By the way, those “teenagers” at the Apple Store are the personal representatives of the biggest and most valuable company on earth.

MNB user Ernie Monschein chimed in:

I am always amazed at the sheer number of people today who do the "simple math" and come up with an attitude that jobs at the Apple Store or in retail supermarkets lack dignity and are pretty much for "teenagers" or others that made poor personal choices. There are many reasons people make the decisions they do and many reasons people cope with a range of circumstances. The arrogance of such a statement and the every man (or woman) for himself attitudes that have become so prevalent in today's society are destructive and not at all flattering to those who have them. All jobs have dignity in their own ways and we shouldn't judge the worth of people on such shallow criteria.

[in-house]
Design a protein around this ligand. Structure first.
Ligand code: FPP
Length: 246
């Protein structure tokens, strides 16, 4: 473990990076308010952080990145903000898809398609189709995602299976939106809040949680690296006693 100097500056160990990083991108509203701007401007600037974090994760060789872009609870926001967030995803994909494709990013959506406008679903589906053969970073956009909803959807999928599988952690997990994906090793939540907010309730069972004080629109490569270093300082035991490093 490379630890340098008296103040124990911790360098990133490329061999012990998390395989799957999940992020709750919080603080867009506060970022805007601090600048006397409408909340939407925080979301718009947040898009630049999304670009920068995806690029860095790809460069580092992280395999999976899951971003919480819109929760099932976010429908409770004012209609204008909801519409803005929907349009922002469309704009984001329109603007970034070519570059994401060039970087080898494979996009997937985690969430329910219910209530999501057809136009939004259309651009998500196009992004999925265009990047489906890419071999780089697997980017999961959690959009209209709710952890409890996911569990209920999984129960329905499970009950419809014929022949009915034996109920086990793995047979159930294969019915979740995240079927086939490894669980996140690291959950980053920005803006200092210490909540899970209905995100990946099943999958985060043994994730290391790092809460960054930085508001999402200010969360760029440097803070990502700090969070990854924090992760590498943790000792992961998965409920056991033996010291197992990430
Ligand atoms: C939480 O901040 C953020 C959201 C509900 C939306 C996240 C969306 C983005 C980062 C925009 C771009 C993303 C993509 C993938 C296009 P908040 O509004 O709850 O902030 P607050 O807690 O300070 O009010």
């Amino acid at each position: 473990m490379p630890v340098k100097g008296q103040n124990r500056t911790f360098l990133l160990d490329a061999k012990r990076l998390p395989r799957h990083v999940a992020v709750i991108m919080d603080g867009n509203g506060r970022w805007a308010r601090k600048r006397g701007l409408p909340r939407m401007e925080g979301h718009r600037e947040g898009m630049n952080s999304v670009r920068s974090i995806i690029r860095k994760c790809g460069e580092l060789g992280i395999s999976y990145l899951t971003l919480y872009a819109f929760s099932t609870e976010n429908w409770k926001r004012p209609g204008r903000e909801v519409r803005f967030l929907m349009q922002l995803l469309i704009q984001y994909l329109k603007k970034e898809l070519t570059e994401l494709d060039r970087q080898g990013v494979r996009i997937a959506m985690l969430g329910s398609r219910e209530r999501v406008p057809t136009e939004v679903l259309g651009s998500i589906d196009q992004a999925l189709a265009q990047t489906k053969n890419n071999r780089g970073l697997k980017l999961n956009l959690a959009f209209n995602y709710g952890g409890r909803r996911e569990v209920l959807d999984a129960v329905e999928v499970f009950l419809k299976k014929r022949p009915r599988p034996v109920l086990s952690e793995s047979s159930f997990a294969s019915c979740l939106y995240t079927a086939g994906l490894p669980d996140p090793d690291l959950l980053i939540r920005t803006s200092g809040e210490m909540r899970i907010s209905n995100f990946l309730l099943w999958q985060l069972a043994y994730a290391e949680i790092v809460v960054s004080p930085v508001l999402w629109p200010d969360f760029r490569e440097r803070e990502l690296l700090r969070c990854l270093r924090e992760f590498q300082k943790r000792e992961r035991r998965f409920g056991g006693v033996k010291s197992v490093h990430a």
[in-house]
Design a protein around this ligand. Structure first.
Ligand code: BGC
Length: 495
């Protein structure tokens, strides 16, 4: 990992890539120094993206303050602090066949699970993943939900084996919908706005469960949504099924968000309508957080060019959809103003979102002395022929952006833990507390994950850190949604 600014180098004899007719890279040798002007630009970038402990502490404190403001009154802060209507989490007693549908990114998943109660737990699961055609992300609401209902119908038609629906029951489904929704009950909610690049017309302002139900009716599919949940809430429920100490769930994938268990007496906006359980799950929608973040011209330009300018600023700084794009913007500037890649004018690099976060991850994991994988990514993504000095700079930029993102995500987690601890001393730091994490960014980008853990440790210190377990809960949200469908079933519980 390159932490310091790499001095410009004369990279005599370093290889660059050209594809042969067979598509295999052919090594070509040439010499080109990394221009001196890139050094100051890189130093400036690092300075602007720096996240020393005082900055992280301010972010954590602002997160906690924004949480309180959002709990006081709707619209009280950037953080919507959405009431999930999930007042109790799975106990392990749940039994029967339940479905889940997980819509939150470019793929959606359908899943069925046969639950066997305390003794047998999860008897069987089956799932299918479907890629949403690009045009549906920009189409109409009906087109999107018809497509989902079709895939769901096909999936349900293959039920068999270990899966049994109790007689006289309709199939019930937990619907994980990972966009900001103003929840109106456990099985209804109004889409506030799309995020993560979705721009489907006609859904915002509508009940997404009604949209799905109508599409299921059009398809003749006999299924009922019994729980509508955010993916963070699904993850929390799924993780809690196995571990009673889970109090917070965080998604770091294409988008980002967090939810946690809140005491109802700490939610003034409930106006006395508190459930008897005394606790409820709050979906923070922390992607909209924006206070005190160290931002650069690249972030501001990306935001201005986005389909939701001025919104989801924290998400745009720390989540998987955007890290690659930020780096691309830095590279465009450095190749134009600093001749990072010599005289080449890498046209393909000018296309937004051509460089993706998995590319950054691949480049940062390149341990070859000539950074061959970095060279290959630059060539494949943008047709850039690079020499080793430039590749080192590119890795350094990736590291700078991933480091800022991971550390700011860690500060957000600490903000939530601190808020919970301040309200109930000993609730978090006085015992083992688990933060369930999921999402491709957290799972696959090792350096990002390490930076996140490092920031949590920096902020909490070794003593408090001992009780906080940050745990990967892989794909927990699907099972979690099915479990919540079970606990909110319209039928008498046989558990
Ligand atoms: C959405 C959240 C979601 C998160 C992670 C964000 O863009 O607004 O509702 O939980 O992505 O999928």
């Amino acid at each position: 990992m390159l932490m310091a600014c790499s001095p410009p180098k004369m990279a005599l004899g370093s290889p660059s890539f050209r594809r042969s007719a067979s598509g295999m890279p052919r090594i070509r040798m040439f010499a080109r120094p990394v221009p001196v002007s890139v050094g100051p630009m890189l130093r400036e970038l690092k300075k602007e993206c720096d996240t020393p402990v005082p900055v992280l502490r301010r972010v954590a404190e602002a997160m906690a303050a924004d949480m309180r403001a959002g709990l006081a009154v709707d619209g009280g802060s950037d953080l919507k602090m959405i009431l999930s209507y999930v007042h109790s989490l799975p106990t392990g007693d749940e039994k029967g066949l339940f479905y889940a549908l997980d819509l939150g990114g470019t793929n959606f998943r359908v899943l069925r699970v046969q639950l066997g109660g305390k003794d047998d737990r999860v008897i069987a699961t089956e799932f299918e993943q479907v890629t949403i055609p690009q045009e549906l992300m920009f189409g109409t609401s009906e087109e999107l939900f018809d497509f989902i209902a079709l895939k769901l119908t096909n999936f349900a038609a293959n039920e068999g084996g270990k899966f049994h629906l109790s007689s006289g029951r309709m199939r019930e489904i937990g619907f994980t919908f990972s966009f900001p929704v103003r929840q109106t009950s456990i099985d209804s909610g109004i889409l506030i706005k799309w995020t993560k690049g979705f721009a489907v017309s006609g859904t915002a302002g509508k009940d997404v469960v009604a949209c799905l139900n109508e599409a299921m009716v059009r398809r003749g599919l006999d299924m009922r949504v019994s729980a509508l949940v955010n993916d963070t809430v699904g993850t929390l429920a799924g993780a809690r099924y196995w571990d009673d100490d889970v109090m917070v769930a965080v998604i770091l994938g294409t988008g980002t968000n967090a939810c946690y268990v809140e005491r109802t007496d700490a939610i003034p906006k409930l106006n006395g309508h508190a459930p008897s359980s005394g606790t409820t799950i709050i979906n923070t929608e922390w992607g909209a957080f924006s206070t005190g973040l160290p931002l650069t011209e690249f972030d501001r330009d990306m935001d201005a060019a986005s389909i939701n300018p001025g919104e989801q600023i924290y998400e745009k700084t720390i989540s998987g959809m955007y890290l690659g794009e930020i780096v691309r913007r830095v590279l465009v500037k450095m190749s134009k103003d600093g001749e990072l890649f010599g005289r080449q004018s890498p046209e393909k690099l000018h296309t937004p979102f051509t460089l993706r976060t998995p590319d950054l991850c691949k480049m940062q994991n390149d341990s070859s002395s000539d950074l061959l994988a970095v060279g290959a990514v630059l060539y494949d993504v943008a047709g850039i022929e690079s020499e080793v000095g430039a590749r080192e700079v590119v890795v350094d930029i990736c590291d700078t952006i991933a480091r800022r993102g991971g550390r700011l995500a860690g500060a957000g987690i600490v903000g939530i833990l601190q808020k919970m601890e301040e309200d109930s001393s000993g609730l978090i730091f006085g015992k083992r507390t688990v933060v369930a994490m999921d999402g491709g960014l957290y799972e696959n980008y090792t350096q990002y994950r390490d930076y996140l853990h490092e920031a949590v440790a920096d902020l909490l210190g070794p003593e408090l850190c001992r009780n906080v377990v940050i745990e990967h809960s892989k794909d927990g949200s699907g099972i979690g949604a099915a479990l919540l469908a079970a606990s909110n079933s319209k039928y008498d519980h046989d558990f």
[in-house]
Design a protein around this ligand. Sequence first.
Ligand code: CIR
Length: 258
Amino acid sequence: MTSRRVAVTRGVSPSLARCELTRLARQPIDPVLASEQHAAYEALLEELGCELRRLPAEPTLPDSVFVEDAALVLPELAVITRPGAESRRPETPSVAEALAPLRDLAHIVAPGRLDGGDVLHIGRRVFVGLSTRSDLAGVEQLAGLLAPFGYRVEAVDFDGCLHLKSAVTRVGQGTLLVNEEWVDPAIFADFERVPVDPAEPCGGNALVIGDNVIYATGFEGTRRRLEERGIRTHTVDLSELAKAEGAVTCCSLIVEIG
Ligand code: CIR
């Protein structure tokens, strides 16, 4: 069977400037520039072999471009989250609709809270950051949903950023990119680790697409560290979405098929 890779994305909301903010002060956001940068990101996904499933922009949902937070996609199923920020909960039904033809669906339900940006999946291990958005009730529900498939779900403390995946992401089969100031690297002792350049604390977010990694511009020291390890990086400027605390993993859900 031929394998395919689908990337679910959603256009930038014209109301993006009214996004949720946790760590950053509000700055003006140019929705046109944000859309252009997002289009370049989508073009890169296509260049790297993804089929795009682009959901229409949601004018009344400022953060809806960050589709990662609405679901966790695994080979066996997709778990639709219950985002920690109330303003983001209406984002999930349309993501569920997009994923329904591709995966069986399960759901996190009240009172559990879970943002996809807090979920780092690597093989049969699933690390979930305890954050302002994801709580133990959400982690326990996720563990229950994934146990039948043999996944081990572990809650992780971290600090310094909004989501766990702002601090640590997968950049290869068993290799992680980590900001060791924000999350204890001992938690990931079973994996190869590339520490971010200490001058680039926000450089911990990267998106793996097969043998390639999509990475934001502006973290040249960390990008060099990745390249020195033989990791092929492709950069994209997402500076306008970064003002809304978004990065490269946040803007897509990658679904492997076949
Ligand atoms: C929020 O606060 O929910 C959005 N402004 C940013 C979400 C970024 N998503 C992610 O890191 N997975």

And from yet another reader:

Today you are a hero to those of us on the front lines of retail! We provide a service but are not sub-servant. We love what we do and do it with pride. Thank again for the good fight!

While on vacation I came across an email that I'd somehow missed, but that I wanted to post to make sure that the wrong impression was not given:

As an Italian-American and a daily reader of MNB,(and one that enjoys your commentary), I was very troubled by your "goes to the mattresses" headline on the Piggly Wiggly story this morning.  Would that have been your headline if Mr. Paul Butera (the CEO) was not an Italian-American?  The perceived "Mafia" connotation was both unnecessary and very insensitive.

I never even thought about Butera's ethnic background when I wrote that headline - I was just reaching for a movie reference, as I often do.

Apologies if any offense was taken, because certainly none was meant.
KC's View: